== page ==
UCS Executes Two Basic Workflows

By Chris Preimesberger  |  Posted 2010-08-02 Print this article Print


"Our average turnaround time-from the time we receive the study to the time we get the report back to the hospital-is less than 20 minutes," Brande told eWEEK. "This is relevant because a big portion of our studies are for emergent care-there's somebody waiting for the report in order to know how to treat the patient."

There are two basic workflows involving the UCS system, Brande said.

"One would be the order, or requisition flow; that is a NightHawk application in which the hospital will go in and enter information about the patient," Brande said. "This will tell us the patient's history. That requisition has to be tied to the images for that particular order.

"The second flow is getting the actual images from the hospital to us. We process [the images], link those two things together, then we send that out to our radiologists."

About 80 percent of the radiologists work from remote locations, Brande said. The system can reach them, as long as they have a laptop computer, anywhere in the world. The Cisco UCS makes all this happen smoothly, Brande said.

Company existed on 'ad hoc server rooms'

Before it started deploying the Cisco UCS last winter, NightHawk had for about six years what best can be described as "ad hoc server rooms," Brande said.

With the continued growth of the business, "a lot of what we deployed came out of 'Where will it fit?' as opposed to any specific design," Brande said. 

"We ended up with a lot of pockets of infrastructure in business centers around the world. Those rooms were not necessarily built to be hardened data centers. We had power issues, not-always-appropriate cooling-the obvious impact of that type of stuff was that you increase the opportunity for service-impacting outages-things that typically shouldn't become an issue. Manageability was a real problem," Brande said.

NightHawk had 120 servers dispersed in three countries. Upgrading firmware, issuing software patches, moving assets from one place to the next-it was all a serious and costly problem, Brande said.

The first thing NightHawk wanted to do was consolidate all the ad hoc server rooms into a more managed environment.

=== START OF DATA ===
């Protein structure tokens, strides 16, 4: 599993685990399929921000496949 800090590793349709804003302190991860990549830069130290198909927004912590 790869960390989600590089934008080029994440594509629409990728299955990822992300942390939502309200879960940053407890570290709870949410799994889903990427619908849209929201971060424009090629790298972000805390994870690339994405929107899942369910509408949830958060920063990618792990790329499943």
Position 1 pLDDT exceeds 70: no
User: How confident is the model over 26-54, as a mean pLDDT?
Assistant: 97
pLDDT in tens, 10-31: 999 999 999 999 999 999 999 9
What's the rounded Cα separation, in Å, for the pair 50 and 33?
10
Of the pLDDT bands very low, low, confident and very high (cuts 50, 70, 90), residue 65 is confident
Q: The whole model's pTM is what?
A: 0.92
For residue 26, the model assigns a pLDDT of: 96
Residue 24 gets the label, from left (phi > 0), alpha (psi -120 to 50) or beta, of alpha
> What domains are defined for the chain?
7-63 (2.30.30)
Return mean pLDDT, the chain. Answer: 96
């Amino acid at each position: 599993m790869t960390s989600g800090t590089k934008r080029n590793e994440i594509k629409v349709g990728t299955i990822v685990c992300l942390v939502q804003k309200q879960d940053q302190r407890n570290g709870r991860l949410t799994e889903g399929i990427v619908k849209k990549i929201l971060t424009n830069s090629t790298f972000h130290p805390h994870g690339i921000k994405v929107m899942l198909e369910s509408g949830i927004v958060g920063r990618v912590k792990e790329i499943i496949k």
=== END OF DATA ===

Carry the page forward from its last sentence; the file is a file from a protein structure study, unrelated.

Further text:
"We wanted to do that without breaking the bank," Brande said. "And we wanted to free up our resources to be responsive to other challenges in the business."

Those involved the fast-increasing number of medical images to process on a daily basis in addition to improvements in imaging software, which NightHawk was anxious to get installed and running as soon as possible.

How UCS stepped into the picture

That's where the UCS stepped into the (digital) picture.

"[In the past], we had been buying whatever was on the market that best fit the purpose of what we needed," Christopher Smith, manager of data center infrastructure at NightHawk, told eWEEK. "They were fine when they were installed, but inappropriate for when volumes grew."

Multiple vendors and multiple versions of software and firmware caused "a bit of a nightmare keeping track of everything," Smith said. "We were spending far too much time figuring out where everything was, instead of figuring out how to make things better."

Chris Preimesberger Chris Preimesberger was named Editor-in-Chief of Features & Analysis at eWEEK in November 2011. Previously he served eWEEK as Senior Writer, covering a range of IT sectors that include data center systems, cloud computing, storage, virtualization, green IT, e-discovery and IT governance. His blog, Storage Station, is considered a go-to information source. Chris won a national Folio Award for magazine writing in November 2011 for a cover story on Salesforce.com and CEO-founder Marc Benioff, and he has served as a judge for the SIIA Codie Awards since 2005. In previous IT journalism, Chris was a founding editor of both IT Manager's Journal and DevX.com and was managing editor of Software Development magazine. His diverse resume also includes: sportswriter for the Los Angeles Daily News, covering NCAA and NBA basketball, television critic for the Palo Alto Times Tribune, and Sports Information Director at Stanford University. He has served as a correspondent for The Associated Press, covering Stanford and NCAA tournament basketball, since 1983. He has covered a number of major events, including the 1984 Democratic National Convention, a Presidential press conference at the White House in 1993, the Emmy Awards (three times), two Rose Bowls, the Fiesta Bowl, several NCAA men's and women's basketball tournaments, a Formula One Grand Prix auto race, a heavyweight boxing championship bout (Ali vs. Spinks, 1978), and the 1985 Super Bowl. A 1975 graduate of Pepperdine University in Malibu, Calif., Chris has won more than a dozen regional and national awards for his work. He and his wife, Rebecca, have four children and reside in Redwood City, Calif.Follow on Twitter: editingwhiz

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